The issue of sexuality in Islam has been a common target of criticism against the religion since the earliest European perspectives. From the 9th Century, writers and travellers understood Islam as sanctioning the fulfilment of lusts, which Christian thinkers perceived as being detrimental to the spirit, and rationally argued as being contrary to natural law.
The framework within which such reproaches were deployed held Christian marital and sexual values as the benchmark from which all morality was measured. Christians had perceived marriage as strictly monogamous and permanent till death to the extent that divorce and remarriage of other traditions was seen as legalized adultery. The ideal was that of unconditional commitment – evidence of mutual respect and relational sanctity. Moreover, Christian thinkers understood Muslim marital law, which fell short of permanently exclusive monogamy, as sexist. Victorian writer on Islam, John J. Poole, in his Studies in Mohammedanism (1892), makes a stark comparison between the treatment of women in the two major faiths: “nowhere on earth will you find woman so degraded as in countries where Islamism reigns supreme! A Mohammedan regards woman not as a companion and helpmeet for him, but as a plaything, a pretty toy, as soulless almost as his turban, his pipe, and his amber mouth-piece. How blessed is the contrast when we look at Christianity, and think of Christ, who reverenced women, who made them His friends, who chose them as His co-labourers, and who regarded them as heirs with men of the Kingdom of Heaven!”
Similarly, in his foundational work “Psychopathia Sexualis” (1894), Austro-German psychiatrist, Richard von Krafft-Ebing, expresses that “Christianity gave the most powerful impulse to the moral elevation of the sexual relations by raising women to social equity with man.” Krafft-Ebing goes on to refer to Islam and its treatment of women in comparison: “the Mohammedan woman has ever remained essentially a means of sensual gratification and procreation; while, on the other hand, the virtues and capabilities of the Christian woman, as housewife, educator of children, and equal companion of man, have been allowed to unfold in all their beauty. Islam, with its polygamy and harem-life, is glaringly contrasted with the monogamy and family life of the Christian world.”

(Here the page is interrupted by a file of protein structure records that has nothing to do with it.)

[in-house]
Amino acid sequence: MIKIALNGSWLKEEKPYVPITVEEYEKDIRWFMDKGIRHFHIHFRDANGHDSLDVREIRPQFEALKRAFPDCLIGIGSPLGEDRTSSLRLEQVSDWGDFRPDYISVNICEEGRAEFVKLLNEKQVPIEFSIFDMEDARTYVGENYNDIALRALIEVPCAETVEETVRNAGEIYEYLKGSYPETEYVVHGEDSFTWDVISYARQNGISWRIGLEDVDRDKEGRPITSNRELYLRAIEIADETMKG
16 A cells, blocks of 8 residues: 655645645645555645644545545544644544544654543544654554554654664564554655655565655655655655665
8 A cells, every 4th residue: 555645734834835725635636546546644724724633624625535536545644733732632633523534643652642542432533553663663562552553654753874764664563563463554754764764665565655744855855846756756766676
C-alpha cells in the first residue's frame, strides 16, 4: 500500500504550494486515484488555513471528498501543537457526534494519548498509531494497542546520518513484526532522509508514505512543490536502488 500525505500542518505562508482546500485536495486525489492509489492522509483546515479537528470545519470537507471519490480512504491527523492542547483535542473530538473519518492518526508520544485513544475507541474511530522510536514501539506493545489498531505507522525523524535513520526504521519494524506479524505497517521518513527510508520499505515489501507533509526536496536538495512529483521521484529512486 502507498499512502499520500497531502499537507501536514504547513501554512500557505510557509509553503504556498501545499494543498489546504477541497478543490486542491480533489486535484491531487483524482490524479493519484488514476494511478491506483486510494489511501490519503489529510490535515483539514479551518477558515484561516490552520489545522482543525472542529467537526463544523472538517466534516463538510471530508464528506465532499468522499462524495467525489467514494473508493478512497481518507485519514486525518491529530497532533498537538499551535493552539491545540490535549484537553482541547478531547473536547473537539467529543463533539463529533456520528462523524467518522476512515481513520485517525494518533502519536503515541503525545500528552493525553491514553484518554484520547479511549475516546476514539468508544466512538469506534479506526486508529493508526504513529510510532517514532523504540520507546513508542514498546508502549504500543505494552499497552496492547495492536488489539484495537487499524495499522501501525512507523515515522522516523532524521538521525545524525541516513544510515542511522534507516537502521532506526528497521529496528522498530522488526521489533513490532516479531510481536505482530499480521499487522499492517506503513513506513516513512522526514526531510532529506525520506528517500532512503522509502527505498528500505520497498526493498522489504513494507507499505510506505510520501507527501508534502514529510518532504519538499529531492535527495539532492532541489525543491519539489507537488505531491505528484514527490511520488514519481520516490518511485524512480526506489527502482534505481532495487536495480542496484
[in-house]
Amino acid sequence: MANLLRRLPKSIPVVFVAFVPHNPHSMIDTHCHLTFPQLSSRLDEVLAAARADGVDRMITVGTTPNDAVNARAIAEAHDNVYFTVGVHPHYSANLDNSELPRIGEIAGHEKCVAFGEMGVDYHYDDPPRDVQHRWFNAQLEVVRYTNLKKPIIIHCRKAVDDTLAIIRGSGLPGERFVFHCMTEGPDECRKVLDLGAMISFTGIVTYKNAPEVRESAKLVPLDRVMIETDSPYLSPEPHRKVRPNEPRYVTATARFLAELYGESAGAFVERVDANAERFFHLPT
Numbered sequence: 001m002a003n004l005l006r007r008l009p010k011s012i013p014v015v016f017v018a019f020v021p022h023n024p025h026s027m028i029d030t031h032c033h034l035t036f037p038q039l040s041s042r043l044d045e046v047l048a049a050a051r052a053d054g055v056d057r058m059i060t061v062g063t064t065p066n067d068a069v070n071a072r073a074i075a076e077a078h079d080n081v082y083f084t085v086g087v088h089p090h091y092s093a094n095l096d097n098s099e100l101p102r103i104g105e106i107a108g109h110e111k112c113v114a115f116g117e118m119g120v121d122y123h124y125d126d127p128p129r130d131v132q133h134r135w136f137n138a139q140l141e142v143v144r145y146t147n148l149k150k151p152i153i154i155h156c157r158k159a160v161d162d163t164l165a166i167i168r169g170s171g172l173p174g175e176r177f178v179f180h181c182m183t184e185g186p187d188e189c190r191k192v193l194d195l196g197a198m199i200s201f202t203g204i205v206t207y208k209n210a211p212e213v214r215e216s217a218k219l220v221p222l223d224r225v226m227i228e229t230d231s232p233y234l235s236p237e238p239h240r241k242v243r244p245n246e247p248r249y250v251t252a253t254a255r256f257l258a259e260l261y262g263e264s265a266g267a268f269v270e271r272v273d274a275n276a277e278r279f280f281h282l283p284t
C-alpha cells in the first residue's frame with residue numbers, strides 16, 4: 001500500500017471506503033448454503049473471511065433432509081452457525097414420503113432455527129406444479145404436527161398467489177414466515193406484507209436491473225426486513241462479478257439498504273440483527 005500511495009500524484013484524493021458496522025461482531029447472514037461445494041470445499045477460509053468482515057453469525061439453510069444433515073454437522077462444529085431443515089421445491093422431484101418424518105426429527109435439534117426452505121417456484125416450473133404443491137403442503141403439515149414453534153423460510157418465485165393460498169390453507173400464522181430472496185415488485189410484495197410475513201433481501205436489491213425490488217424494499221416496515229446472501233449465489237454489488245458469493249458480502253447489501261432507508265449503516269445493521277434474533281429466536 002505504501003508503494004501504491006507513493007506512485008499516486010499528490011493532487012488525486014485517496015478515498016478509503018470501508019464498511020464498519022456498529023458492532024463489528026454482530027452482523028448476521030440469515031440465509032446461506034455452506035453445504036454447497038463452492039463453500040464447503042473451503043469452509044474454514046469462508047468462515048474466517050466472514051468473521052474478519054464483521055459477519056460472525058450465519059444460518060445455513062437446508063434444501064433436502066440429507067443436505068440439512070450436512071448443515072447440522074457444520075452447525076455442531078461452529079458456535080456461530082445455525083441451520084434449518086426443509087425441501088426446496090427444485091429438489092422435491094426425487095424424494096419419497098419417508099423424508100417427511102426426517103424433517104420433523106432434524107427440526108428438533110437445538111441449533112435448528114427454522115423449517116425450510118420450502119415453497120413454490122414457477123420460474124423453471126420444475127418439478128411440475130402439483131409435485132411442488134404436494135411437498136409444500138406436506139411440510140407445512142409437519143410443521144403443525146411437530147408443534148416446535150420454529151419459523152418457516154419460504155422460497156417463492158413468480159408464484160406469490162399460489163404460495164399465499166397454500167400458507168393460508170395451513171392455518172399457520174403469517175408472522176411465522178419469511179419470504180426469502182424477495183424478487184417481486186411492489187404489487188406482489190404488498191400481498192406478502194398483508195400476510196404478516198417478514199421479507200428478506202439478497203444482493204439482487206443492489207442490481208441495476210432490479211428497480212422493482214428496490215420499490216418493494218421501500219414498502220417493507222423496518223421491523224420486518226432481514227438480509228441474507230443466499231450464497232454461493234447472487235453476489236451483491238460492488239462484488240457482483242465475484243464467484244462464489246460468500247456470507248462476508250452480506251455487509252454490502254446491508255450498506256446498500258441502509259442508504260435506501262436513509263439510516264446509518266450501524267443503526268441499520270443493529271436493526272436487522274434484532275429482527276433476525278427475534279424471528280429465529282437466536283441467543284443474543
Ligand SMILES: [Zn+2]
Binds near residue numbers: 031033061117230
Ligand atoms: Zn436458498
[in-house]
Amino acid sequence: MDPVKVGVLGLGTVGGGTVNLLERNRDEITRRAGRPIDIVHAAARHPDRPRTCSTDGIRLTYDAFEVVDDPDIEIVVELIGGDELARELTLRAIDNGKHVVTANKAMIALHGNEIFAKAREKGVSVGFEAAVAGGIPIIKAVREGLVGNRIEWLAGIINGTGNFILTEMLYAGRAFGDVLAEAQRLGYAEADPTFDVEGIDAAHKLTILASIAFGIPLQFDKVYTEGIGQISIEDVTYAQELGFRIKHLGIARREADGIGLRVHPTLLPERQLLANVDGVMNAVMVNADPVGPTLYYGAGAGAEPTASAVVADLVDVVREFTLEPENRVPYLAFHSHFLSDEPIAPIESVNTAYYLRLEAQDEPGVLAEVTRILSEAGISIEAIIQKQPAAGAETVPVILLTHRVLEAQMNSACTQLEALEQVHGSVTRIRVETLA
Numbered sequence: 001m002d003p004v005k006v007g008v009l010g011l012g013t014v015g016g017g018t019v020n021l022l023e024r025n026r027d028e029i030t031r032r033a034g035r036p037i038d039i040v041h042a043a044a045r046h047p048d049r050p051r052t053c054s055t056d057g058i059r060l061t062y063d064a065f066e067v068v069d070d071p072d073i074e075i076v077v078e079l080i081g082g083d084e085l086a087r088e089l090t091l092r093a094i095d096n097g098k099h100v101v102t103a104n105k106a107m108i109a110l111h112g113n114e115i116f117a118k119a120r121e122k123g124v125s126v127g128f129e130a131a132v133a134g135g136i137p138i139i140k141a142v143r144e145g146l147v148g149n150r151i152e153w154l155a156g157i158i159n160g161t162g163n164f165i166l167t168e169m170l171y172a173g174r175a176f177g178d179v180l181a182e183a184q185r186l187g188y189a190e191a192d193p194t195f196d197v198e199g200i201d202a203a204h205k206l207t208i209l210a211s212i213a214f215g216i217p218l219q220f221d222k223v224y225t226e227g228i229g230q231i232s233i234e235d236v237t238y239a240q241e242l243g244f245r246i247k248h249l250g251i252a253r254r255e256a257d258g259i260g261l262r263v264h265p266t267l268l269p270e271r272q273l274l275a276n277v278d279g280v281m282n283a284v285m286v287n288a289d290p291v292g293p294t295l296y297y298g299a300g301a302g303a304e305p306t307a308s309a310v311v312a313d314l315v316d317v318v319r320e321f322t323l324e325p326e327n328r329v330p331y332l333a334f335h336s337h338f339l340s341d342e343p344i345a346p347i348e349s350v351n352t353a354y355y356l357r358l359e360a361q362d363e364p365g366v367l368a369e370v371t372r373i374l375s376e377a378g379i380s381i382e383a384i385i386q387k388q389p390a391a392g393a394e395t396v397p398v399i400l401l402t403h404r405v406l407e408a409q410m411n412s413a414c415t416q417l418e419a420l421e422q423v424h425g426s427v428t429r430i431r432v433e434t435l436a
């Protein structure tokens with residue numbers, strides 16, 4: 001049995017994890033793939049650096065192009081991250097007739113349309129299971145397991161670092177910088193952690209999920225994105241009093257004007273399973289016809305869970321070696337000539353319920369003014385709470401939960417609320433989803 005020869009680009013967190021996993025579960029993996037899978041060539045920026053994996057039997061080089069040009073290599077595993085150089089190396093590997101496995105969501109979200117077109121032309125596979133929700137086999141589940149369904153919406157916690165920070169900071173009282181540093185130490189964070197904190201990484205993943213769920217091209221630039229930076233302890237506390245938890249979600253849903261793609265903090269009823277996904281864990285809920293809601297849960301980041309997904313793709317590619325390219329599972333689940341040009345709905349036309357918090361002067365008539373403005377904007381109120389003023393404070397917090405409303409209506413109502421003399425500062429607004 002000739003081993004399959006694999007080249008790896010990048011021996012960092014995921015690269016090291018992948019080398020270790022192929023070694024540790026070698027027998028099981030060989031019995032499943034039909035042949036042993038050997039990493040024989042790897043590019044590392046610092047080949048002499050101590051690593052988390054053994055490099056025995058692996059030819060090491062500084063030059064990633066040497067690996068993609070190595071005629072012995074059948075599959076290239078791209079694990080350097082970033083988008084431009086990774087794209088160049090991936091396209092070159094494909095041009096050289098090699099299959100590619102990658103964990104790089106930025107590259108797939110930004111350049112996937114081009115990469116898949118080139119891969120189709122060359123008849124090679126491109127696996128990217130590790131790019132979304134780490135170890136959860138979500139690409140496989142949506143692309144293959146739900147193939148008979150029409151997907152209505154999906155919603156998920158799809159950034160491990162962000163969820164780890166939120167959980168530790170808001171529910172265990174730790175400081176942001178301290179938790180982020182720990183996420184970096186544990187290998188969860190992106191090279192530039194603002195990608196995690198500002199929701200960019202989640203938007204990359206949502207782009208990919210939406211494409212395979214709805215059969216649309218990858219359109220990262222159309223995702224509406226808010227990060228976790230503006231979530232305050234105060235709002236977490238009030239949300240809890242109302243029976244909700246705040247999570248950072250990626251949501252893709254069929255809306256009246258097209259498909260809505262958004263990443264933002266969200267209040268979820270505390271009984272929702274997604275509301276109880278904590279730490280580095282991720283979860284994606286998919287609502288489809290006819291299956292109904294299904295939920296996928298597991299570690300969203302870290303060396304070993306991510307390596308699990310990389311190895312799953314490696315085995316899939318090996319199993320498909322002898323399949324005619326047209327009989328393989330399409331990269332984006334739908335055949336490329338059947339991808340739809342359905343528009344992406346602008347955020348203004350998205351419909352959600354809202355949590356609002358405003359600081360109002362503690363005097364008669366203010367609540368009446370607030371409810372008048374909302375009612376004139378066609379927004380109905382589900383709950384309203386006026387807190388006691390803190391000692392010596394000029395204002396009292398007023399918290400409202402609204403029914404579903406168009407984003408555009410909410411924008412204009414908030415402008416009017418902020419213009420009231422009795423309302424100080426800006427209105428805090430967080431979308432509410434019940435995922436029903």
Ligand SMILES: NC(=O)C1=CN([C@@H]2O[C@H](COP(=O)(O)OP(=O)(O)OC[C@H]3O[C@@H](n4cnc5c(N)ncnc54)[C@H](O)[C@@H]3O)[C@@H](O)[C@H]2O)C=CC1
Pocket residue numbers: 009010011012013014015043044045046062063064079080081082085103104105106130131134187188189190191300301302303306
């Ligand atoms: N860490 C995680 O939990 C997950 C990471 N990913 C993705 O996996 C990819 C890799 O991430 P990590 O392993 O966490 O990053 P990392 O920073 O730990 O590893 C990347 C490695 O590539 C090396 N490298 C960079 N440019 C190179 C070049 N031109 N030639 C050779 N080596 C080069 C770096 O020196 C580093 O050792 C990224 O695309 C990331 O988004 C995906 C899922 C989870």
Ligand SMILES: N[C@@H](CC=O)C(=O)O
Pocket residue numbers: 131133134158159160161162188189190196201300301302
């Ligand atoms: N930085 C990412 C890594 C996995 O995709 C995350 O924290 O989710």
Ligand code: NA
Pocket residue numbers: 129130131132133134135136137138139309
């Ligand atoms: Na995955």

There was a general fascination towards the ‘looseness’ of Islamic sexuality, which permitted the fulfilment of desire in and of itself, against the strictly pro-creative function of the sexual union, rationalised by earlier Christian thinkers. Early 19th century scholar of religions, Robert Adam, described the laws prescribed by the Prophet Muhammad as “too loose for the most compliant moralist to justify, and too favourable to afford the most abandoned sensualist any probable ground of complaint.” The perceived sexual laxity of Islam was even seen as means through which to attain conversions from Christianity. It was as if Victorian scholars could not see past the question of sexuality in the Muslim faith in judging the religion or the character of its prophet. Adam continues: “the retirements of Mohammed, from his first acquisition of power to his last decline of life, were continually disgraced by every excessive indulgence of that passion, which has a more particular tendency to degrade the dignity of the human character even below the brute creation.”
Such was the sentiment across the Christendom of 19th century Europe. In the modern Western world, the perspective of Islamic sexuality has changed. No longer are followers of the Muslim faith seen as lax with their desires and passions, but rather, they are seen as sexually restraint and reserved. The simple reason for this is that the ethos of sexuality has dramatically changed in Europe, altering the standard from which Muslim social law is judged. In contrast, Muslims have remained relatively consistent in those practices and beliefs that so appalled the 19th century western onlooker: divorce, remarriage, polygamy, sex without the intention to procreate, and a sensual paradise.
Moreover, the modern liberal resentment towards Victorian prudishness, with its narratives of sin, shame and guilt (particularly for women), is often imposed upon the Muslim faith. The modern perspective is, therefore, also deeply psychological. The ‘contained’ and ordered sexuality of Islam is associated with a past self that most Europeans are happy to have left behind.
In many respects, the altering of European values undermines the stability and validity of its moral judgments. There can hardly be any absolute “truth” to a set of values if they are based on a shifting essence. And if moral relativity is self-acknowledged, it makes little sense to be so staunchly judgmental. Nevertheless, moral absolutes are typically deployed in anti-Muslim thought. Despite Europe’s evolving values, there is remarkable and almost perplexing consistency in the fact that in both Victorian and liberal modern times, Islamic sexual values are seen as negative, backward and unenlightened. This would unfortunately imply that the desire to construct Islam as negatively oppositional is a top priority in perceiving the religion at all, regardless of its actual content.
Adam, Robert (1818) The Religious World Displayed: or, A view of the four grand systems of religion, Judaism, paganism, Christianity, and Mohammedism, Vol. 1, Philadelphia: Moses Thomas
Krafft- Ebing, Richard von (1894) Psychopathia Sexualis, with special reference to Contrary Sexual Instinct, 7th ed., Chaddock, Charles G. (trans.) London: A, O. Watts & Co.
Pool, John J. (1892) Studies in Mohammedanism: Historical and Doctrinal with a Chapter on Islam in England, London: Archibald Constable and Company